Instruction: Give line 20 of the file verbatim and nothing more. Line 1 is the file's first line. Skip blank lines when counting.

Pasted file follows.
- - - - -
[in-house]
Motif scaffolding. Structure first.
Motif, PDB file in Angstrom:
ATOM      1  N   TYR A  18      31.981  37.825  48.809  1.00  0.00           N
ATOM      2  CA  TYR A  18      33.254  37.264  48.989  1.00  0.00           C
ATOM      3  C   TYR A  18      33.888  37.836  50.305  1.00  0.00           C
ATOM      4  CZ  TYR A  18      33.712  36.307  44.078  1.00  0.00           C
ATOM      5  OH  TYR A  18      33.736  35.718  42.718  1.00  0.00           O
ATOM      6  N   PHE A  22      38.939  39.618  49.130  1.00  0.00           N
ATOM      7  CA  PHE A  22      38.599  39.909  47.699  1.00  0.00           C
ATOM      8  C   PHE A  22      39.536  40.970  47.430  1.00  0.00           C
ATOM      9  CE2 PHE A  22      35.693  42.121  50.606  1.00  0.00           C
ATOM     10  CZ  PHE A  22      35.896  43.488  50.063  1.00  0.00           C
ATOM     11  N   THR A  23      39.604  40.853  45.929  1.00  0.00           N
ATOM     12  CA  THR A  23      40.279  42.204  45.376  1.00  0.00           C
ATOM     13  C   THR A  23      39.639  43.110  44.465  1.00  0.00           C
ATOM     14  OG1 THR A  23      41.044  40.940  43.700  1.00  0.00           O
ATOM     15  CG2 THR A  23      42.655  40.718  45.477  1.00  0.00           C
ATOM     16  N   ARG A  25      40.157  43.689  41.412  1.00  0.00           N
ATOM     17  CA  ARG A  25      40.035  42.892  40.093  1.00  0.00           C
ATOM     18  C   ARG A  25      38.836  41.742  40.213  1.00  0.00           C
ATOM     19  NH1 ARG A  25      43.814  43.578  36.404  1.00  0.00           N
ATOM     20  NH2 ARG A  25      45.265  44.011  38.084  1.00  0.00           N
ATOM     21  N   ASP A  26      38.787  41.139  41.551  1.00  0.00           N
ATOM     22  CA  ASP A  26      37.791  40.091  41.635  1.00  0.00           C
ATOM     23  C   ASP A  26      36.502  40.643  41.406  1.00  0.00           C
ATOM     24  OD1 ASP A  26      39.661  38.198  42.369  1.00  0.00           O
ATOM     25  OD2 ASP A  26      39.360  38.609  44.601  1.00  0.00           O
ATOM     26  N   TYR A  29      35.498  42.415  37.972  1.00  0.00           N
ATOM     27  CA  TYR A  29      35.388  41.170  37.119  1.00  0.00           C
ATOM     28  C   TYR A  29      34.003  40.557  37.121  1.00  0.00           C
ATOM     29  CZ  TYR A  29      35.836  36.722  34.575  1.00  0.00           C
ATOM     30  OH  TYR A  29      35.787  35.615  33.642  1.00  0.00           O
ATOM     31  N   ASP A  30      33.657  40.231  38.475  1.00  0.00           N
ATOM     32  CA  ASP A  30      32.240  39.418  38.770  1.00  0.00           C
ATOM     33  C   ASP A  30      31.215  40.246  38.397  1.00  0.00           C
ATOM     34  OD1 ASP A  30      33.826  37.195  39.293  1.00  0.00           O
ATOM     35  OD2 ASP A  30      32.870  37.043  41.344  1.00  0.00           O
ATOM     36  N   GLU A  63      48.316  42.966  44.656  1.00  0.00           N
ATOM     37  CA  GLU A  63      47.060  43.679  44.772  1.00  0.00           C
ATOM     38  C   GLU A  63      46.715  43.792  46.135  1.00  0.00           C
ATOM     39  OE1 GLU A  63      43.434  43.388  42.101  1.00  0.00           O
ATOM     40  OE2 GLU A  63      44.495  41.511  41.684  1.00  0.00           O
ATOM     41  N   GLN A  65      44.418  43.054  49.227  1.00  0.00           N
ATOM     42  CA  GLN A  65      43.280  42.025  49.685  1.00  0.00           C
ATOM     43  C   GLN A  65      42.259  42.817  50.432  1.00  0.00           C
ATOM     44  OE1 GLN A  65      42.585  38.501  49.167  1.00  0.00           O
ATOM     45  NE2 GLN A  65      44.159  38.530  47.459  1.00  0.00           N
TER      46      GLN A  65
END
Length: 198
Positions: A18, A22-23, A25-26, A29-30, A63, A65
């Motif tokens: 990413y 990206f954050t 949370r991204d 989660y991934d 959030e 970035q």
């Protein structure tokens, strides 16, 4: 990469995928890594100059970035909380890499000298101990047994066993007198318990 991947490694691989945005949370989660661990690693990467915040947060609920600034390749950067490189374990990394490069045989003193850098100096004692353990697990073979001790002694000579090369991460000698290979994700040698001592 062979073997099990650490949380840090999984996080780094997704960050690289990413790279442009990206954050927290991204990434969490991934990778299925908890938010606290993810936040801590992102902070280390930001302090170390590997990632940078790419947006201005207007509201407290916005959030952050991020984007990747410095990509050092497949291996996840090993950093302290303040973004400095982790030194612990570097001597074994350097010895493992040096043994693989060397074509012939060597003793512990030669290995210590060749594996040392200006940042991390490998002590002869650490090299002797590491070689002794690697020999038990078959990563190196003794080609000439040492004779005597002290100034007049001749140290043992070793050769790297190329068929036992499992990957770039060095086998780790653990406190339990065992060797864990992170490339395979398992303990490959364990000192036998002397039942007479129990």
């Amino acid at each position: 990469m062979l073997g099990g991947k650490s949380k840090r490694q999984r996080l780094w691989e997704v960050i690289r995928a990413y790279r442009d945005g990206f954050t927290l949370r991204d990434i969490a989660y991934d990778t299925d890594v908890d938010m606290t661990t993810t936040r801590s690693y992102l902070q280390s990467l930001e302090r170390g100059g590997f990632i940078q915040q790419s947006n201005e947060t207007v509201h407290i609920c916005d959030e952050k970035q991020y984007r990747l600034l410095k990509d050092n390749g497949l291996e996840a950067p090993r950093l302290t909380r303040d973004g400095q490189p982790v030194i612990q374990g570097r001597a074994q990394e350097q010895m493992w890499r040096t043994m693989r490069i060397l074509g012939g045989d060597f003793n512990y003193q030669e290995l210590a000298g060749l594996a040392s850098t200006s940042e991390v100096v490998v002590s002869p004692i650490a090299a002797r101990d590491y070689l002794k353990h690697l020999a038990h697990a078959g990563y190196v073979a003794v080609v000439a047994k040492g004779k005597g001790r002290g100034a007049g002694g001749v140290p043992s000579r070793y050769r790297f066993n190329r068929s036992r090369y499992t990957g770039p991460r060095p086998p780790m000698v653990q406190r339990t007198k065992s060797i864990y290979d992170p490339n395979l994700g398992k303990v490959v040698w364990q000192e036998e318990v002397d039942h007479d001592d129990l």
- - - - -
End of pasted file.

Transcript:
ATOM     17  CA  ARG A  25      40.035  42.892  40.093  1.00  0.00           C